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No. 3 RB: The Case for Neal

In the wide-open battle to be the Packers' third running back, what gives Rajion Neal the edge?

In the case to be the Green Bay Packers’ No. 3 running back, the closing arguments begin on Saturday night.

Starting from Day 1 of the offseason all the way through this week’s training camp practices, Rajion Neal almost always has been the next man up behind Eddie Lacy and James Starks. Nothing, however, has been settled. Saturday’s game against the Eagles, Tuesday’s practice and Thursday’s game against the Saints will determine who – if anyone – wins the job.

“They’re all displaying good things but they’re still rookies and haven’t done anything,” running backs coach Sam Gash said recently. “The trust with any of them is still not there. We’ll have to see if it gets there.”

THE CASE FOR RAJION NEAL

Before Neal rushed for more than 1,100 yards as a senior at Tennessee, he spent his sophomore season playing wide receiver. It’s that ability to catch the football, a skill evident most days on the practice field, that separates Neal from fellow contenders Alonzo Harris and John Crockett. 

“I definitely think it’s a big part of my game,” Neal said. “It’s something that I definitely strive at. Hopefully, that’s something they feel they can use. At this point, man, anything they need me to do or want me to do, I’m all for. Anything just to be a part of this franchise and the winning mentality that they have.”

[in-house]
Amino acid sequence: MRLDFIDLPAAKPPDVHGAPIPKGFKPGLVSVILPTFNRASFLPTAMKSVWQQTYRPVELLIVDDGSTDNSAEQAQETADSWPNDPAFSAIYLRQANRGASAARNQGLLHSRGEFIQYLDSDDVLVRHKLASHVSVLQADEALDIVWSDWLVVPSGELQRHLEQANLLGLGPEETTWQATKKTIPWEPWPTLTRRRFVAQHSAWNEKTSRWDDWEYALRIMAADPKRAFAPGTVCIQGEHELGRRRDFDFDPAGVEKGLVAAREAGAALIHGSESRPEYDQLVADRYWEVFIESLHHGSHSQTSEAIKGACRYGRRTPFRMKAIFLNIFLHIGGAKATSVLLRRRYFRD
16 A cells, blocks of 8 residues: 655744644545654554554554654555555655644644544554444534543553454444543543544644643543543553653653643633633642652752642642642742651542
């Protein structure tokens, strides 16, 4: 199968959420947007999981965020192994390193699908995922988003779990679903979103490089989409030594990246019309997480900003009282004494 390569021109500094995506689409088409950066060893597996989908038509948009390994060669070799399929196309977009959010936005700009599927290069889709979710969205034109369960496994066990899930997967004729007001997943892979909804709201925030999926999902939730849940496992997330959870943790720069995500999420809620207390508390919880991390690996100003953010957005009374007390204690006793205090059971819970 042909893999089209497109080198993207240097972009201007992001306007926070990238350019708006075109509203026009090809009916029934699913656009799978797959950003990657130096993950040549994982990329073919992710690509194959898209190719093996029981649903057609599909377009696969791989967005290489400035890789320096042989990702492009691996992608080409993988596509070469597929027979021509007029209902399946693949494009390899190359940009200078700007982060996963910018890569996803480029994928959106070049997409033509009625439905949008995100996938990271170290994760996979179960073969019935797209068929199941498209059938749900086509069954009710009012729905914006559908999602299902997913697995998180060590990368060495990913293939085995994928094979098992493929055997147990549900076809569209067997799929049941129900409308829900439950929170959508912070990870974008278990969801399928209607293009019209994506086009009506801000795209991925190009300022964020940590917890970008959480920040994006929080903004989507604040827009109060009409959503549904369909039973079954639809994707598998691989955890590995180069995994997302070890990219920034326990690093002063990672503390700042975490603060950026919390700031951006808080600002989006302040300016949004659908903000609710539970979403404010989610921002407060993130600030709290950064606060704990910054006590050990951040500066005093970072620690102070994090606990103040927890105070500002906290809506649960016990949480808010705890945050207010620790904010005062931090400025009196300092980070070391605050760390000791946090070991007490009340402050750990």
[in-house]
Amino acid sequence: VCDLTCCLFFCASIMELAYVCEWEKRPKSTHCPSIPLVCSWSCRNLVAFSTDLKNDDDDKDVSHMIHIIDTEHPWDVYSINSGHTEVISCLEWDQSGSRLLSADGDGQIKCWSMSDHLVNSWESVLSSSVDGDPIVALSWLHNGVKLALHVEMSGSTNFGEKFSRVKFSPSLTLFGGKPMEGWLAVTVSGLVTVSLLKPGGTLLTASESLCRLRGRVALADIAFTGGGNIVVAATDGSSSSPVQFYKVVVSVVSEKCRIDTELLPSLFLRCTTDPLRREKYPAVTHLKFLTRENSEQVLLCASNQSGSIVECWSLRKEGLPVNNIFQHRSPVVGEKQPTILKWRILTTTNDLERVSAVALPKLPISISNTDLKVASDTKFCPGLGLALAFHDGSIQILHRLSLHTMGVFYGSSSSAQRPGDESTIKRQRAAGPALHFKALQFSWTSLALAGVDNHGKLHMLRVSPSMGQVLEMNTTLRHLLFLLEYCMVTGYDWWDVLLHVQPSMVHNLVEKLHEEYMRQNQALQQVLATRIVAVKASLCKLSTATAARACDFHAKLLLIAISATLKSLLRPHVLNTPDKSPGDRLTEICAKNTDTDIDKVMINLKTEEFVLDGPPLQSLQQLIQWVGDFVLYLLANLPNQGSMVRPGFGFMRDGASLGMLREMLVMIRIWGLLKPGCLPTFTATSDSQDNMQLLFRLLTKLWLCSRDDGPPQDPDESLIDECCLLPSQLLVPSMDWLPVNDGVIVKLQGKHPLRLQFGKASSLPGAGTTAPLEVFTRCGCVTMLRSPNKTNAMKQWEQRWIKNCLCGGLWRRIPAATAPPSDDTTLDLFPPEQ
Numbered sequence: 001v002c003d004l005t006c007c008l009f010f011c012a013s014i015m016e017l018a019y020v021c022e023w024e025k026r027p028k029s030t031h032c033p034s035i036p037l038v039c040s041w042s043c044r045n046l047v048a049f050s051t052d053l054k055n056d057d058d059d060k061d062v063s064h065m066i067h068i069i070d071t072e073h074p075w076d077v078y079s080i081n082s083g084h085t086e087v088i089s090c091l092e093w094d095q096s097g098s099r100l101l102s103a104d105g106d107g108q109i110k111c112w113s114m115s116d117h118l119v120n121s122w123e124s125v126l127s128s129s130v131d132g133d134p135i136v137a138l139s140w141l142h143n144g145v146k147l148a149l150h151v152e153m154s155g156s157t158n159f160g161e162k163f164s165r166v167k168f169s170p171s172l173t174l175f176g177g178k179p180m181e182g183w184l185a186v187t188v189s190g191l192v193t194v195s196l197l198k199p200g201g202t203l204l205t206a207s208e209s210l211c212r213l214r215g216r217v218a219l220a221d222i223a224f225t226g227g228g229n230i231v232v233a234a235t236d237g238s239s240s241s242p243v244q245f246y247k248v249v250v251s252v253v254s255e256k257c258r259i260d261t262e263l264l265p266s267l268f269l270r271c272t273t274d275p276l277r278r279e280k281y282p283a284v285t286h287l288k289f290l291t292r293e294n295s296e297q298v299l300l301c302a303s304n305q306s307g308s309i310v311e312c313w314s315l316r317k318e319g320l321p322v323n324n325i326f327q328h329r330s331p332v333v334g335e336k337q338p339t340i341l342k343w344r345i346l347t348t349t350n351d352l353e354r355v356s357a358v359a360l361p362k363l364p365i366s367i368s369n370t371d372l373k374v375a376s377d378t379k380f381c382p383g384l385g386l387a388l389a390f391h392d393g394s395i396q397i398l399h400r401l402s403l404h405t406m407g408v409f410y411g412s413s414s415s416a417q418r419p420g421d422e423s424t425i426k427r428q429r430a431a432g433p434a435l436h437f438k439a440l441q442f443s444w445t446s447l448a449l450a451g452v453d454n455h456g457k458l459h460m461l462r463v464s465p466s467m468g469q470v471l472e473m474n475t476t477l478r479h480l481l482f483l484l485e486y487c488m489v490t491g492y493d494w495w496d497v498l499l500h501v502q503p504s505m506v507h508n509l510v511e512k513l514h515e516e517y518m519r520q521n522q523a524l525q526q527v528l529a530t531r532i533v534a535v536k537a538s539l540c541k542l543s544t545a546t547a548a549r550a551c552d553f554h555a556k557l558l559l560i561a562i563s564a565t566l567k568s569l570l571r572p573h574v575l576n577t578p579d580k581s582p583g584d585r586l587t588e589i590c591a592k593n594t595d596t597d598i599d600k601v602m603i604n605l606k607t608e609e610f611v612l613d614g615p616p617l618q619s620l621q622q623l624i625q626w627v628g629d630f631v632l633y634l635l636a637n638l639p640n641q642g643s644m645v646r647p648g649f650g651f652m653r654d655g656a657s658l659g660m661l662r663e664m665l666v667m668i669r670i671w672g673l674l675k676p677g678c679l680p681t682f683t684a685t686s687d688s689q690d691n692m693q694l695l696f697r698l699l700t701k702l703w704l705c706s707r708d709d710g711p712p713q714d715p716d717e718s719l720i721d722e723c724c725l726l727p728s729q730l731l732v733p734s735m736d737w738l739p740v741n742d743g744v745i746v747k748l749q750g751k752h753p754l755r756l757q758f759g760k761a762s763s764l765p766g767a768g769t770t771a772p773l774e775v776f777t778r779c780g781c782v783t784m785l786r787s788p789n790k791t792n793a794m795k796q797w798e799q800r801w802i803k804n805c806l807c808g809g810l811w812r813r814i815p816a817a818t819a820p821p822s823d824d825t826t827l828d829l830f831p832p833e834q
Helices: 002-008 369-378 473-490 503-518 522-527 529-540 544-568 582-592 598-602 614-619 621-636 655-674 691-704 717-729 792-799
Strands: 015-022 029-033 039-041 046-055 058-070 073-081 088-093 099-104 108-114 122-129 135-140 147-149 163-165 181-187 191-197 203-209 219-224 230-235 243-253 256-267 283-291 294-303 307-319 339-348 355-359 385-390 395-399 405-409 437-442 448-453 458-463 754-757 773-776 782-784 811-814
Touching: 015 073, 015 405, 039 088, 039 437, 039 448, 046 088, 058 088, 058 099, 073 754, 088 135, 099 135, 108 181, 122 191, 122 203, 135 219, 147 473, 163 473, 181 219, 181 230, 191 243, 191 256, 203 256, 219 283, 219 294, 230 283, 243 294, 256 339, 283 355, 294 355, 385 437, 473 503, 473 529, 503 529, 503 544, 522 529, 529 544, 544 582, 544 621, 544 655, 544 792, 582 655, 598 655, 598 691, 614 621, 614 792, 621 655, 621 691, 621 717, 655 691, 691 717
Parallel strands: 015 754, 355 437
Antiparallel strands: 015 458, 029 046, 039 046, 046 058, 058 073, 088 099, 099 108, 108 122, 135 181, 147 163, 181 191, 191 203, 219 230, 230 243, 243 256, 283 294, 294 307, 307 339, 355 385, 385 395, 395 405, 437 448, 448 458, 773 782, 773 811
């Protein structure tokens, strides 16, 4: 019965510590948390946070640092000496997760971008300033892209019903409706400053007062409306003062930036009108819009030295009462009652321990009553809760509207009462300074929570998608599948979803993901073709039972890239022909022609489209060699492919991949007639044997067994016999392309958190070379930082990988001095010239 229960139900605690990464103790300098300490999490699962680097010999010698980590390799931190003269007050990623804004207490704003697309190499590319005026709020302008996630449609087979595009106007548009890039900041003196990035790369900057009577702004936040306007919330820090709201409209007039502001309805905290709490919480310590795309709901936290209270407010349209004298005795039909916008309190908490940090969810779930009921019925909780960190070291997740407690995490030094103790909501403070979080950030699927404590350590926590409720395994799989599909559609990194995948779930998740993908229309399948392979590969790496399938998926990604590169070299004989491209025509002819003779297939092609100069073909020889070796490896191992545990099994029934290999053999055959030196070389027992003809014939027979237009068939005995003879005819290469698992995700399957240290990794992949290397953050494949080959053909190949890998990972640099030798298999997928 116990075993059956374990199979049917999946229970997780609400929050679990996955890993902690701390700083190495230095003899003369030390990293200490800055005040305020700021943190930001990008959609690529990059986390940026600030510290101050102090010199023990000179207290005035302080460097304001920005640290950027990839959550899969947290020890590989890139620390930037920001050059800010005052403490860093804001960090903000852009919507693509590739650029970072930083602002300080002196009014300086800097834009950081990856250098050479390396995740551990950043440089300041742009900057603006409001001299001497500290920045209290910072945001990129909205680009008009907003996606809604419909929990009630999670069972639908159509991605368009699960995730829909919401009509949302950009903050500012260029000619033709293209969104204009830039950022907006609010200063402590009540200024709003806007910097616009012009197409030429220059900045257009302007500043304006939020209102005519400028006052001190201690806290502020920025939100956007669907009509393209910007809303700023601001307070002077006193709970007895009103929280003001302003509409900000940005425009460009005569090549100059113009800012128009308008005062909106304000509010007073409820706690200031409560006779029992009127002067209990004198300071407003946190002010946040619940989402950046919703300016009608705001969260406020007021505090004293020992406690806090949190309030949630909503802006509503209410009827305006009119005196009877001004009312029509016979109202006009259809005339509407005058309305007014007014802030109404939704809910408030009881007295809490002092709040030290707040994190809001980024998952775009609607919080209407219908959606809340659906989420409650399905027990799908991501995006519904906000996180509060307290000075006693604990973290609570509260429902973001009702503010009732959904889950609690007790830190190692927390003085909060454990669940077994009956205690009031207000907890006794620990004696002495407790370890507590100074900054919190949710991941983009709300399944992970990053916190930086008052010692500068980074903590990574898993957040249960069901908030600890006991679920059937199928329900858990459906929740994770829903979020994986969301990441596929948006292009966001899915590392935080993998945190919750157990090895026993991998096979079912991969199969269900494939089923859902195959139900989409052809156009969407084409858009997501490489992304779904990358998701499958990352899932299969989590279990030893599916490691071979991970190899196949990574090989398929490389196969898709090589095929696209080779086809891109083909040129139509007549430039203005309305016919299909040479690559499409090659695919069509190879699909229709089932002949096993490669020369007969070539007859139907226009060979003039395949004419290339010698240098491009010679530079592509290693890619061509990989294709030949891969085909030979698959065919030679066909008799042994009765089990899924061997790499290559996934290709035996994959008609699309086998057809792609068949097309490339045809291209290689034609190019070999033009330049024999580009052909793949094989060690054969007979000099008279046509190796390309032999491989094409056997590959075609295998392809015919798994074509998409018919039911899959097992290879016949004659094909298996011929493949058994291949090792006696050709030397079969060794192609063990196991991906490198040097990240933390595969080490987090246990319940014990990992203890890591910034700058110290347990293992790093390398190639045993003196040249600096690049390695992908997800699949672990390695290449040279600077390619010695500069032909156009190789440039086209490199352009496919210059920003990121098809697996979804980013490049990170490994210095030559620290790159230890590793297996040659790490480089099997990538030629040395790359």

Neal is anything but an undersized receiving threat. At 5-foot-11 and 220 pounds, he’s got the size the Packers historically have coveted from their backs. Big backs are better able to grind out yards when fields turn treacherous and conditions turns miserable in December. Size comes in handy when having to take on a blitzing linebacker with his radar set on sacking Aaron Rodgers. And it’s an asset on special teams, too. It’s those “little things” that aren’t so little that might be the deciding factor in this battle.

“All that plays a big part and that’s stuff that they want to see and they’re going to need, just because you’ve got two guys in front of you who are pretty established and made a name for themselves in this league,” Neal said. “Until our name is called — whoever it may be — we’re going to have to do different things and find different avenues to contribute to this team.”

One reason why Neal’s been ahead on the depth chart since May is experience. As an undrafted rookie last season, Neal was injured in the preseason opener, released and then returned on the practice squad at midseason. Through two preseason games this summer, Neal has carried eight times for 26 yards (3.3 average) and caught two passes for 5 yards (2.5 average).

“Just play my game,” Neal said of his outlook for these final games. “Just make sure I stay consistent, dependable and understand the play calls, the scheme and everything that comes with the game and what they need me to do. As long as I execute and do what I have to do, I think I’ll be all right.”

Bill Huber is publisher of PackerReport.com and has written for Packer Report since 1997. E-mail him at packwriter2002@yahoo.com or leave him a question in Packer Report’s subscribers-only Packers Pro Club forum. Find Bill on Twitter at www.twitter.com/PackerReport.


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